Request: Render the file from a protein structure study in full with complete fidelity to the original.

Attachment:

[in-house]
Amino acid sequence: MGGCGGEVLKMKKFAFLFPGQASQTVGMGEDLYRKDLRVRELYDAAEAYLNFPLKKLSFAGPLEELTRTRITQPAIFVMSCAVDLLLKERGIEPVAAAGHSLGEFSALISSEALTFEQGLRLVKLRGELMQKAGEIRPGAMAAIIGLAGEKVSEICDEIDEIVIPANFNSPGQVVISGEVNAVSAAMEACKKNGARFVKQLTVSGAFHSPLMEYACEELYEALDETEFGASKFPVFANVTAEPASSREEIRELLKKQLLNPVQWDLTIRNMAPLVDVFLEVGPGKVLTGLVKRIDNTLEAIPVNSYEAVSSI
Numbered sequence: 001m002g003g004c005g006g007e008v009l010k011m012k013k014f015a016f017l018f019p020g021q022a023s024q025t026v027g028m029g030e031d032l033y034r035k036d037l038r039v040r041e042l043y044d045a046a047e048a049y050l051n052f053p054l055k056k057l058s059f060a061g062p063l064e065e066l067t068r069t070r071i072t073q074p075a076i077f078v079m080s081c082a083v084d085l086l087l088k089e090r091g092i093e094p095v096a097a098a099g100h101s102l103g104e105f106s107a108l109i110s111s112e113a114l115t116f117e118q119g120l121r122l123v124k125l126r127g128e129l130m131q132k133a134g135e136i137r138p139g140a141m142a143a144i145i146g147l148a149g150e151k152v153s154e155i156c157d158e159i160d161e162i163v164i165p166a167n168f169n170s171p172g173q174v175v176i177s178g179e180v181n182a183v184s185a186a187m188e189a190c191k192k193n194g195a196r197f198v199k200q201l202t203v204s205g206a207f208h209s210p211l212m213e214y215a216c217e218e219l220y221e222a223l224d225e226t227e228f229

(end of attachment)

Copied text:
[in-house]
Amino acid sequence: MGGCGGEVLKMKKFAFLFPGQASQTVGMGEDLYRKDLRVRELYDAAEAYLNFPLKKLSFAGPLEELTRTRITQPAIFVMSCAVDLLLKERGIEPVAAAGHSLGEFSALISSEALTFEQGLRLVKLRGELMQKAGEIRPGAMAAIIGLAGEKVSEICDEIDEIVIPANFNSPGQVVISGEVNAVSAAMEACKKNGARFVKQLTVSGAFHSPLMEYACEELYEALDETEFGASKFPVFANVTAEPASSREEIRELLKKQLLNPVQWDLTIRNMAPLVDVFLEVGPGKVLTGLVKRIDNTLEAIPVNSYEAVSSI
Numbered sequence: 001m002g003g004c005g006g007e008v009l010k011m012k013k014f015a016f017l018f019p020g021q022a023s024q025t026v027g028m029g030e031d032l033y034r035k036d037l038r039v040r041e042l043y044d045a046a047e048a049y050l051n052f053p054l055k056k057l058s059f060a061g062p063l064e065e066l067t068r069t070r071i072t073q074p075a076i077f078v079m080s081c082a083v084d085l086l087l088k089e090r091g092i093e094p095v096a097a098a099g100h101s102l103g104e105f106s107a108l109i110s111s112e113a114l115t116f117e118q119g120l121r122l123v124k125l126r127g128e129l130m131q132k133a134g135e136i137r138p139g140a141m142a143a144i145i146g147l148a149g150e151k152v153s154e155i156c157d158e159i160d161e162i163v164i165p166a167n168f169n170s171p172g173q174v175v176i177s178g179e180v181n182a183v184s185a186a187m188e189a190c191k192k193n194g195a196r197f198v199k200q201l202t203v204s205g206a207f208h209s210p211l212m213e214y215a216c217e218e219l220y221e222a223l224d225e226t227e228f229